Free Essays on The Waiting Room In The Hospital - …
One night, I went to dinner with six McAllen doctors. All were what you would call bread-and-butter physicians: busy, full-time, private-practice doctors who work from seven in the morning to seven at night and sometimes later, their waiting rooms teeming and their desks stacked with medical charts to review.
The Waiting Room- Creative Writing Essay
This last point is vital. Activists and policymakers spend an inordinate amount of time arguing about whether the solution to high medical costs is to have government or private insurance companies write the checks. Here’s how this whole debate goes. Advocates of a public option say government financing would save the most money by having leaner administrative costs and forcing doctors and hospitals to take lower payments than they get from private insurance. Opponents say doctors would skimp, quit, or game the system, and make us wait in line for our care; they maintain that private insurers are better at policing doctors. No, the skeptics say: all insurance companies do is reject applicants who need health care and stall on paying their bills. Then we have the economists who say that the people who should pay the doctors are the ones who use them. Have consumers pay with their own dollars, make sure that they have some “skin in the game,” and then they’ll get the care they deserve. These arguments miss the main issue. When it comes to making care better and cheaper, changing who pays the doctor will make no more difference than changing who pays the electrician. The lesson of the high-quality, low-cost communities is that someone has to be accountable for the totality of care. Otherwise, you get a system that has no brakes. You get McAllen.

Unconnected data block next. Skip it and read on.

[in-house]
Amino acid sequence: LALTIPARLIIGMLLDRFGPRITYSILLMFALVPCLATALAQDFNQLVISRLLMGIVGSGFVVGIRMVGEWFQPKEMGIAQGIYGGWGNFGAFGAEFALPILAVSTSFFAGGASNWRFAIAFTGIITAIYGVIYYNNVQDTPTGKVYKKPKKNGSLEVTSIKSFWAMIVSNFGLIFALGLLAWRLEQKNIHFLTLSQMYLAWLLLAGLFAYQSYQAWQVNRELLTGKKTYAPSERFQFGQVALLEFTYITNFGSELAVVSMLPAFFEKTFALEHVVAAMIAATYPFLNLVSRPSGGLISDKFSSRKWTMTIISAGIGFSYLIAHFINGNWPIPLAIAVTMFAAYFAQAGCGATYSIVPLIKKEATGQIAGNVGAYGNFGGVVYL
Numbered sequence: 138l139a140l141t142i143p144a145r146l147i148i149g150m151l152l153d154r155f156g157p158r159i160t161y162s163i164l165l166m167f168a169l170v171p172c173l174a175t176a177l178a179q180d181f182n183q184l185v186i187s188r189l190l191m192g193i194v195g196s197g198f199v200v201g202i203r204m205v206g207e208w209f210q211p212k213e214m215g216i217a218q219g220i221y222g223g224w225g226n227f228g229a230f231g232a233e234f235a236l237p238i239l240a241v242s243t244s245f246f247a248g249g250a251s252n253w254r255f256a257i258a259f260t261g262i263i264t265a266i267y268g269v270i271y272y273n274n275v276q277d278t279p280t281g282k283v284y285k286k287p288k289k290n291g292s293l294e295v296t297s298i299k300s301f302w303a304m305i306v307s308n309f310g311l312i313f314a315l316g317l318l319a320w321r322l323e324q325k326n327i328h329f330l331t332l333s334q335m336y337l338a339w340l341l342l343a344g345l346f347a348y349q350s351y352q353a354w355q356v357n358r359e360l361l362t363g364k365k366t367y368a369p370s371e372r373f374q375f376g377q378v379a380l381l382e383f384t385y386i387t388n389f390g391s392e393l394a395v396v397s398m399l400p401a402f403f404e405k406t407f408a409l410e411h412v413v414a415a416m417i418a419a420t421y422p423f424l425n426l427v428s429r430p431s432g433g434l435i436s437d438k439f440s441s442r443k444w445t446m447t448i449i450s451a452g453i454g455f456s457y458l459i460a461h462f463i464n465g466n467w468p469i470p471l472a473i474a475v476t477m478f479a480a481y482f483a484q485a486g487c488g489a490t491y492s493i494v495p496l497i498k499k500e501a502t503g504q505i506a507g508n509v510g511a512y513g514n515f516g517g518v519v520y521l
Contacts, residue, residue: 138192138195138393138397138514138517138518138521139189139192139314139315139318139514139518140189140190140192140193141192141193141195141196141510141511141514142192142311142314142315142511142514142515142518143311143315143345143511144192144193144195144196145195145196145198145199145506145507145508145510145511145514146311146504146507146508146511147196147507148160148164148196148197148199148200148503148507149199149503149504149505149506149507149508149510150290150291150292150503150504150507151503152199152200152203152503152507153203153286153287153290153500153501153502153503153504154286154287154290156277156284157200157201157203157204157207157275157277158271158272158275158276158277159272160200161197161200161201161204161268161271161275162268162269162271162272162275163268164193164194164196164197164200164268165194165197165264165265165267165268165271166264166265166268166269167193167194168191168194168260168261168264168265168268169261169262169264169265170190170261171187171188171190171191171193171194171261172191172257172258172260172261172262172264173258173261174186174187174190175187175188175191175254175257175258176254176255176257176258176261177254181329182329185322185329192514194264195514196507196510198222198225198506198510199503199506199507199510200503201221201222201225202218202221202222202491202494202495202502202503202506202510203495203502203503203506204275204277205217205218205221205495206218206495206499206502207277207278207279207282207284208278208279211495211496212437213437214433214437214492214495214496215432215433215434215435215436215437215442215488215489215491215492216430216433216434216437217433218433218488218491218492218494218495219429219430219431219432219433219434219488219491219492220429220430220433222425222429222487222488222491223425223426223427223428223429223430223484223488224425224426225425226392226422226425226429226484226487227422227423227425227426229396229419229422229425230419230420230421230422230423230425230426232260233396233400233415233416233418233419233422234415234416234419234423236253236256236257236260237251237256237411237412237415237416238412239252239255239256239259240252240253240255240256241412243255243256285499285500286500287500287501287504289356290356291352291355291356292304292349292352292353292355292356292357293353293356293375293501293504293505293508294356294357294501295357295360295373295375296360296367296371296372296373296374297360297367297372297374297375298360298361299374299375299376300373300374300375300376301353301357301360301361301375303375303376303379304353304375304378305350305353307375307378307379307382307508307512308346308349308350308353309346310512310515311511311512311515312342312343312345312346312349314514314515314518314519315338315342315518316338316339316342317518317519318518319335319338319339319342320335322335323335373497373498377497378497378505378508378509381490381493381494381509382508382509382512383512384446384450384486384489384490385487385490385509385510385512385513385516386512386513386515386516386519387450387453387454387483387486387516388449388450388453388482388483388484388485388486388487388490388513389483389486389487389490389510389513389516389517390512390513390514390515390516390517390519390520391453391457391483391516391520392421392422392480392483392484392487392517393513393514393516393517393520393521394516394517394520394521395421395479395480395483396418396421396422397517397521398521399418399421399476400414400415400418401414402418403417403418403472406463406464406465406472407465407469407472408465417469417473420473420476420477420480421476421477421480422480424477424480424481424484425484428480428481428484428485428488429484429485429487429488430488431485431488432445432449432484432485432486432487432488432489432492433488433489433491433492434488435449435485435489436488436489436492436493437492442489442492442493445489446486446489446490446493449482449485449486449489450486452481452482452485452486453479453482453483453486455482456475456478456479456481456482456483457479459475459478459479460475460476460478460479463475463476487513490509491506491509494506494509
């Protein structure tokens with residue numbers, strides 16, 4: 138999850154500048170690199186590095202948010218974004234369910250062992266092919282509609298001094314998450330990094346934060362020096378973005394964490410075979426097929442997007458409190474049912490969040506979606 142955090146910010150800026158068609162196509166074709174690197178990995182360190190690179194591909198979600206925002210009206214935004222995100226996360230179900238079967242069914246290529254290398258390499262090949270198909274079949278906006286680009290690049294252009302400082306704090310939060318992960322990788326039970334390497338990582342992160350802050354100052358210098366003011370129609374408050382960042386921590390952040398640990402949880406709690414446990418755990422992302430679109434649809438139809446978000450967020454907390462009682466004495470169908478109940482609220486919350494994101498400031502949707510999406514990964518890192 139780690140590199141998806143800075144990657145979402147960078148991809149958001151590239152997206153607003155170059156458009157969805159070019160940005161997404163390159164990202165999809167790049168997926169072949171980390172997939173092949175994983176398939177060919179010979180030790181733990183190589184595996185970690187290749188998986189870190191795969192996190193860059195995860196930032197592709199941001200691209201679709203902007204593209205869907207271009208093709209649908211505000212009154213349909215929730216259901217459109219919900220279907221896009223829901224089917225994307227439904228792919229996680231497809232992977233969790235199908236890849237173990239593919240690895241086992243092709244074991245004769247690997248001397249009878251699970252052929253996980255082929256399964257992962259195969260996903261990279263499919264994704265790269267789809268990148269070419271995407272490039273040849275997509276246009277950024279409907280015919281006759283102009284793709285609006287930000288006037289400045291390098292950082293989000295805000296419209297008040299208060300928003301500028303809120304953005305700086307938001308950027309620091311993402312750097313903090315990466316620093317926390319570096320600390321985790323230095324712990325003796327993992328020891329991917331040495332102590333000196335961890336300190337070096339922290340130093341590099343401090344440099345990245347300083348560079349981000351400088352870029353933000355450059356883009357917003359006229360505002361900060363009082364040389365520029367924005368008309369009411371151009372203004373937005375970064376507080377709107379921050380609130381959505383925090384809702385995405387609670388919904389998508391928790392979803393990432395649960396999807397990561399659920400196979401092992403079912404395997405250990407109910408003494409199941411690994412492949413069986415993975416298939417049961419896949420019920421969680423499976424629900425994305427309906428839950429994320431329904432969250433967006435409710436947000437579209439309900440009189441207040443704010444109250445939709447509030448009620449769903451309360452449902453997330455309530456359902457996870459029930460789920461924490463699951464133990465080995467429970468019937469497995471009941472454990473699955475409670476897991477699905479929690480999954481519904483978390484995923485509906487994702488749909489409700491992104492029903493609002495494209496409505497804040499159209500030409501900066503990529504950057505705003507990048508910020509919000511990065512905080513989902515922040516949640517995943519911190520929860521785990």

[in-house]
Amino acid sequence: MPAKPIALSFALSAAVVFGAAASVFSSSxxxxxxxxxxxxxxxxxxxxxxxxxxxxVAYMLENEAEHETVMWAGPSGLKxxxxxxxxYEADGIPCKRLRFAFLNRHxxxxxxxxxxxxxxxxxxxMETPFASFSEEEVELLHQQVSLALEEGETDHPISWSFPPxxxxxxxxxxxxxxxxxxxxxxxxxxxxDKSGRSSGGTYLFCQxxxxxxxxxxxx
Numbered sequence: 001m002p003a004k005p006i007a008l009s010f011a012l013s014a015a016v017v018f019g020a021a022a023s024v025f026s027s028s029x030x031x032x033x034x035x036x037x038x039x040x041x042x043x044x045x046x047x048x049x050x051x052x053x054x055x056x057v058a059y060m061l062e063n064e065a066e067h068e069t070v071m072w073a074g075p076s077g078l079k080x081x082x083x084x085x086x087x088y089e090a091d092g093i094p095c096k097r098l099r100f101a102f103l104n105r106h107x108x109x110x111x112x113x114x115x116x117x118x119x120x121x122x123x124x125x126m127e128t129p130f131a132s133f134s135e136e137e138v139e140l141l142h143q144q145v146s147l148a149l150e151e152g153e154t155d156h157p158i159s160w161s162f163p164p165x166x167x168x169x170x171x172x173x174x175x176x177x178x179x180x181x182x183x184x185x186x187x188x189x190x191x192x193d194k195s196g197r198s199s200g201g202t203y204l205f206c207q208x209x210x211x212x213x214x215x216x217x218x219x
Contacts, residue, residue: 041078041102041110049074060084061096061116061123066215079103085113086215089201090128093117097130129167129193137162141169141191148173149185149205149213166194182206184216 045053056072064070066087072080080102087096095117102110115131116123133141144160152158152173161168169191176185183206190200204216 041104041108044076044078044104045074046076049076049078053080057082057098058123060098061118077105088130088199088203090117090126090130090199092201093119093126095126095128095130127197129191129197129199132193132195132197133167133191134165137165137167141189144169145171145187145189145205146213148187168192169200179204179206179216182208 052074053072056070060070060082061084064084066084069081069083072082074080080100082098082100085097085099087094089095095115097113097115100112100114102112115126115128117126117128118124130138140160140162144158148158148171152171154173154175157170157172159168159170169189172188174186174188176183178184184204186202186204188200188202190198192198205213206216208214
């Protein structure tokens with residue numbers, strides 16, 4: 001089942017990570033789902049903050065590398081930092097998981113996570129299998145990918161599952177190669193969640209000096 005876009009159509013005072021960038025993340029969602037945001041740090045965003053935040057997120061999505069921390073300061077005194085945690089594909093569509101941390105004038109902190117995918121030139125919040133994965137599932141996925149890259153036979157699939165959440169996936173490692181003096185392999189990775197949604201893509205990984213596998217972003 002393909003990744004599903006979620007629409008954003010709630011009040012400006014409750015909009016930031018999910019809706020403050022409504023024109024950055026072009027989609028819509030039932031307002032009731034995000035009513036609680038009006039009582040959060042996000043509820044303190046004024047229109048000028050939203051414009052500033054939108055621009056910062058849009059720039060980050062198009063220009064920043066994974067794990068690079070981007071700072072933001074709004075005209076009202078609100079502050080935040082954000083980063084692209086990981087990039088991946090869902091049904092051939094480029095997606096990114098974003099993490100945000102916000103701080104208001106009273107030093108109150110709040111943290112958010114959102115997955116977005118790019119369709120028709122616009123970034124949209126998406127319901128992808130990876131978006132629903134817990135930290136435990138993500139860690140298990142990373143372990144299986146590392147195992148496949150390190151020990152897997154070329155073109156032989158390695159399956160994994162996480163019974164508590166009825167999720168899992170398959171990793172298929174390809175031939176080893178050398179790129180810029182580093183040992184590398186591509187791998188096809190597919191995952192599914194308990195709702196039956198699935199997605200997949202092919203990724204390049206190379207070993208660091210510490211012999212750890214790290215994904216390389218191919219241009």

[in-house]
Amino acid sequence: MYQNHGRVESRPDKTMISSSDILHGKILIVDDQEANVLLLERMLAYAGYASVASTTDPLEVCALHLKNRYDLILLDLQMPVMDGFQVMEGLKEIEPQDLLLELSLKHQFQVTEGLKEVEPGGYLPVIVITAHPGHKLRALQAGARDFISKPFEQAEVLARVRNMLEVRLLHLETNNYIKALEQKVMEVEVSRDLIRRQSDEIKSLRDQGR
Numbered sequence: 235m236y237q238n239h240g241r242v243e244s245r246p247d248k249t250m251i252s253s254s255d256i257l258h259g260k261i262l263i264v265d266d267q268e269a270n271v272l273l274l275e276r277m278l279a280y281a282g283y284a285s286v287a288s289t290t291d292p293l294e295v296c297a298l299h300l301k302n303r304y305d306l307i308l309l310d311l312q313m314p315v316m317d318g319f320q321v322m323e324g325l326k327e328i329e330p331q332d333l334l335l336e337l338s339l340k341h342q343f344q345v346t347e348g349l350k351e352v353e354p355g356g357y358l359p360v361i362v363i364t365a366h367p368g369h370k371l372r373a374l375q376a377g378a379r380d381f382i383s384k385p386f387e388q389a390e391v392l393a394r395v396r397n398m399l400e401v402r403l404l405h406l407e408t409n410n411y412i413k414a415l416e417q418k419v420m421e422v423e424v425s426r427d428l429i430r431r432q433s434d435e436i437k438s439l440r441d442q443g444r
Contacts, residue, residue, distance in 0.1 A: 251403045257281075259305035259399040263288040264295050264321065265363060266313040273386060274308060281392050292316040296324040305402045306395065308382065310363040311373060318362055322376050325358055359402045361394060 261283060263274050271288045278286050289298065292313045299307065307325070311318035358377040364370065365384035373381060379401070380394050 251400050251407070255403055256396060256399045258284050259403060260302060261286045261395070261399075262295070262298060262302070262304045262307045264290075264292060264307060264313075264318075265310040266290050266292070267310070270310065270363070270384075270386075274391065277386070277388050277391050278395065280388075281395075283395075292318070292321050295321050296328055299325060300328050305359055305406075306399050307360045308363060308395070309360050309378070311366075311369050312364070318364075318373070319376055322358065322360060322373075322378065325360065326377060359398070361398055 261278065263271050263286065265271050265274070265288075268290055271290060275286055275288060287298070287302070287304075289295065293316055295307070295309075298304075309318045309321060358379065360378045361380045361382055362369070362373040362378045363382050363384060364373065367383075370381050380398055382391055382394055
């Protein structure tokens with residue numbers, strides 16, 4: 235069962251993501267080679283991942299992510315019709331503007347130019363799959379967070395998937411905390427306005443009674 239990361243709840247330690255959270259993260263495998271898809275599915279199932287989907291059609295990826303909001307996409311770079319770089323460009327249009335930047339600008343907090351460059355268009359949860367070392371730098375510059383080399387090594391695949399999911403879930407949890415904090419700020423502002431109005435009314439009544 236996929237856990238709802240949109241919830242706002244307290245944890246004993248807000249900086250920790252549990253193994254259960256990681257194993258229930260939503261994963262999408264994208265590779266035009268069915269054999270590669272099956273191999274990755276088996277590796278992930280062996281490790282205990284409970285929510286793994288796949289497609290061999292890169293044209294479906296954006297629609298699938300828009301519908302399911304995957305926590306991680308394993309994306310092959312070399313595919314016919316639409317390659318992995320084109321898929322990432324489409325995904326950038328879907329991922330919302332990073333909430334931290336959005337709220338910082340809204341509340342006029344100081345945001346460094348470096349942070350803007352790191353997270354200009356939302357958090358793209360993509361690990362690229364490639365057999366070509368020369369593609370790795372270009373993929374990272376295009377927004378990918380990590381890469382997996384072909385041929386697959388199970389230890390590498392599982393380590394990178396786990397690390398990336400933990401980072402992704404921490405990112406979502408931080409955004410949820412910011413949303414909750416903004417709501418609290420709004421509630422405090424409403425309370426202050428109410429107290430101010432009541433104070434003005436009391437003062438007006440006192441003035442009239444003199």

The following afternoon, I visited the top managers of Doctors Hospital at Renaissance. We sat in their boardroom around one end of a yacht-length table. The chairman of the board offered me a soda. The chief of staff smiled at me. The chief financial officer shook my hand as if I were an old friend. The C.E.O., however, was having a hard time pretending that he was happy to see me. Lawrence Gelman was a fifty-seven-year-old anesthesiologist with a Bill Clinton shock of white hair and a weekly local radio show tag-lined “Opinions from an Unrelenting Conservative Spirit.” He had helped found the hospital. He barely greeted me, and while the others were trying for a how-can-I-help-you-today attitude, his body language was more let’s-get-this-over-with.